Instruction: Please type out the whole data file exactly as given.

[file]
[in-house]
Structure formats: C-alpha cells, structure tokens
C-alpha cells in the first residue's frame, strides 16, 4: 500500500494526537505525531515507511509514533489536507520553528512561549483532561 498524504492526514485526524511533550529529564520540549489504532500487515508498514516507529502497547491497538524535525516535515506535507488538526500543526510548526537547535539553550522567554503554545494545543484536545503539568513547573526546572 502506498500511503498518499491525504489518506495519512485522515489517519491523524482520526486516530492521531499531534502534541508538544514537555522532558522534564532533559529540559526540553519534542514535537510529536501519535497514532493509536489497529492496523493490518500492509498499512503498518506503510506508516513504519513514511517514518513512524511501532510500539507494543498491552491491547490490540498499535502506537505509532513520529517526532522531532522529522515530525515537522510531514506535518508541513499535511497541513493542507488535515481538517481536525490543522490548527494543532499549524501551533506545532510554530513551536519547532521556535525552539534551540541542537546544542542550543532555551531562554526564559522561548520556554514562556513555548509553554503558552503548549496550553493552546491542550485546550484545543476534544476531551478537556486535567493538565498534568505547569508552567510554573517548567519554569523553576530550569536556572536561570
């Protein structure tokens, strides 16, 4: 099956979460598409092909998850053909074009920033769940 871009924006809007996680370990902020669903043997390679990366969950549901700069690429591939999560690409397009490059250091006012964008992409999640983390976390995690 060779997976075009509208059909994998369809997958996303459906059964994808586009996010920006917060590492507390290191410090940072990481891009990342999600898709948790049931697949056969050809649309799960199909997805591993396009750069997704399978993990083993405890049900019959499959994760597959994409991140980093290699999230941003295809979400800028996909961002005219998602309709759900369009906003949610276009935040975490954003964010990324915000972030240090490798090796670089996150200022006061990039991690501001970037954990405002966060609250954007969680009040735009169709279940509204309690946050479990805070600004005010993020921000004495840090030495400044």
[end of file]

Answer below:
[in-house]
Structure formats: C-alpha cells, structure tokens
C-alpha cells in the first residue's frame, strides 16, 4: 500500500494526537505525531515507511509514533489536507520553528512561549483532561 498524504492526514485526524511533550529529564520540549489504532500487515508498514516507529502497547491497538524535525516535515506535507488538526500543526510548526537547535539553550522567554503554545494545543484536545503539568513547573526546572 502506498500511503498518499491525504489518506495519512485522515489517519491523524482520526486516530492521531499531534502534541508538544514537555522532558522534564532533559529540559526540553519534542514535537510529536501519535497514532493509536489497529492496523493490518500492509498499512503498518506503510506508516513504519513514511517514518513512524511501532510500539507494543498491552491491547490490540498499535502506537505509532513520529517526532522531532522529522515530525515537522510531514506535518508541513499535511497541513493542507488535515481538517481536525490543522490548527494543532499549524501551533506545532510554530513551536519547532521556535525552539534551540541542537546544542542550543532555551531562554526564559522561548520556554514562556513555548509553554503558552503548549496550553493552546491542550485546550484545543476534544476531551478537556486535567493538565498534568505547569508552567510554573517548567519554569523553576530550569536556572536561570
């Protein structure tokens, strides 16, 4: 099956979460598409092909998850053909074009920033769940 871009924006809007996680370990902020669903043997390679990366969950549901700069690429591939999560690409397009490059250091006012964008992409999640983390976390995690 060779997976075009509208059909994998369809997958996303459906059964994808586009996010920006917060590492507390290191410090940072990481891009990342999600898709948790049931697949056969050809649309799960199909997805591993396009750069997704399978993990083993405890049900019959499959994760597959994409991140980093290699999230941003295809979400800028996909961002005219998602309709759900369009906003949610276009935040975490954003964010990324915000972030240090490798090796670089996150200022006061990039991690501001970037954990405002966060609250954007969680009040735009169709279940509204309690946050479990805070600004005010993020921000004495840090030495400044």